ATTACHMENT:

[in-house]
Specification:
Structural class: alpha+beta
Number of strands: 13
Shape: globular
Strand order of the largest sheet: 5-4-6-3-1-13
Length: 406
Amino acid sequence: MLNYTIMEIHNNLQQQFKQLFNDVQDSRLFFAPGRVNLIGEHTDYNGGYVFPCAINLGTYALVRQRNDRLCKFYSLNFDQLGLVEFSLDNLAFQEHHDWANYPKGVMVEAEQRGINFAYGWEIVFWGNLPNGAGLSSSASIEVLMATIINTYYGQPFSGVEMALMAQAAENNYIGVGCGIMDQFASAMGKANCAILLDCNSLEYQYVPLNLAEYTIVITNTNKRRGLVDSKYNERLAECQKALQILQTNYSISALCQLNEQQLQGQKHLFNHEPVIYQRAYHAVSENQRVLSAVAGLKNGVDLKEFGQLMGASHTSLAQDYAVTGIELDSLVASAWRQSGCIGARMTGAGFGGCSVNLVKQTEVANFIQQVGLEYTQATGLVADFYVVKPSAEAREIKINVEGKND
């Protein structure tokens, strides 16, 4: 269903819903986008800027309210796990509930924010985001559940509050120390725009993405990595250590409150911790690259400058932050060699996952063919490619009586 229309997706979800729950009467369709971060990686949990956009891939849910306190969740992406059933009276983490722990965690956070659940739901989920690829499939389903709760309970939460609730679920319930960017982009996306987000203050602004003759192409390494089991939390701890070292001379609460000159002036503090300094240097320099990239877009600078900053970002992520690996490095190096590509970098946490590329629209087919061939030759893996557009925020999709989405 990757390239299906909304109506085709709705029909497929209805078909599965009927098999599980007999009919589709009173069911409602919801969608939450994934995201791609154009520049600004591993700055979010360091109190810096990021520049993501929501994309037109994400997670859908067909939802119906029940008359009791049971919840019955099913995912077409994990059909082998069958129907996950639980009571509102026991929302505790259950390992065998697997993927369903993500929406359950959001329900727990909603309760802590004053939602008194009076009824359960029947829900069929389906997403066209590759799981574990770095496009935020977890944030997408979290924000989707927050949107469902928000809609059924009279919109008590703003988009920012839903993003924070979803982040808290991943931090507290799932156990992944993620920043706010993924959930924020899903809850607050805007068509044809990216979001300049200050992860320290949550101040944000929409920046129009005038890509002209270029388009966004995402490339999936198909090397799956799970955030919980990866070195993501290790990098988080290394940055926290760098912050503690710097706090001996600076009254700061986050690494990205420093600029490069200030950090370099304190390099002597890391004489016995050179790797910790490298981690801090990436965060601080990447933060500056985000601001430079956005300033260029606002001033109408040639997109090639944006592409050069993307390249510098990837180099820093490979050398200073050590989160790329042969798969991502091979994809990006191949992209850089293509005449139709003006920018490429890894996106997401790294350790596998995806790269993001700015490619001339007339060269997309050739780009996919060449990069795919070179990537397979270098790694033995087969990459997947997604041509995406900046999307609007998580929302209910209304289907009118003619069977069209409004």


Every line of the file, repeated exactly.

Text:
[in-house]
Specification:
Structural class: alpha+beta
Number of strands: 13
Shape: globular
Strand order of the largest sheet: 5-4-6-3-1-13
Length: 406
Amino acid sequence: MLNYTIMEIHNNLQQQFKQLFNDVQDSRLFFAPGRVNLIGEHTDYNGGYVFPCAINLGTYALVRQRNDRLCKFYSLNFDQLGLVEFSLDNLAFQEHHDWANYPKGVMVEAEQRGINFAYGWEIVFWGNLPNGAGLSSSASIEVLMATIINTYYGQPFSGVEMALMAQAAENNYIGVGCGIMDQFASAMGKANCAILLDCNSLEYQYVPLNLAEYTIVITNTNKRRGLVDSKYNERLAECQKALQILQTNYSISALCQLNEQQLQGQKHLFNHEPVIYQRAYHAVSENQRVLSAVAGLKNGVDLKEFGQLMGASHTSLAQDYAVTGIELDSLVASAWRQSGCIGARMTGAGFGGCSVNLVKQTEVANFIQQVGLEYTQATGLVADFYVVKPSAEAREIKINVEGKND
């Protein structure tokens, strides 16, 4: 269903819903986008800027309210796990509930924010985001559940509050120390725009993405990595250590409150911790690259400058932050060699996952063919490619009586 229309997706979800729950009467369709971060990686949990956009891939849910306190969740992406059933009276983490722990965690956070659940739901989920690829499939389903709760309970939460609730679920319930960017982009996306987000203050602004003759192409390494089991939390701890070292001379609460000159002036503090300094240097320099990239877009600078900053970002992520690996490095190096590509970098946490590329629209087919061939030759893996557009925020999709989405 990757390239299906909304109506085709709705029909497929209805078909599965009927098999599980007999009919589709009173069911409602919801969608939450994934995201791609154009520049600004591993700055979010360091109190810096990021520049993501929501994309037109994400997670859908067909939802119906029940008359009791049971919840019955099913995912077409994990059909082998069958129907996950639980009571509102026991929302505790259950390992065998697997993927369903993500929406359950959001329900727990909603309760802590004053939602008194009076009824359960029947829900069929389906997403066209590759799981574990770095496009935020977890944030997408979290924000989707927050949107469902928000809609059924009279919109008590703003988009920012839903993003924070979803982040808290991943931090507290799932156990992944993620920043706010993924959930924020899903809850607050805007068509044809990216979001300049200050992860320290949550101040944000929409920046129009005038890509002209270029388009966004995402490339999936198909090397799956799970955030919980990866070195993501290790990098988080290394940055926290760098912050503690710097706090001996600076009254700061986050690494990205420093600029490069200030950090370099304190390099002597890391004489016995050179790797910790490298981690801090990436965060601080990447933060500056985000601001430079956005300033260029606002001033109408040639997109090639944006592409050069993307390249510098990837180099820093490979050398200073050590989160790329042969798969991502091979994809990006191949992209850089293509005449139709003006920018490429890894996106997401790294350790596998995806790269993001700015490619001339007339060269997309050739780009996919060449990069795919070179990537397979270098790694033995087969990459997947997604041509995406900046999307609007998580929302209910209304289907009118003619069977069209409004």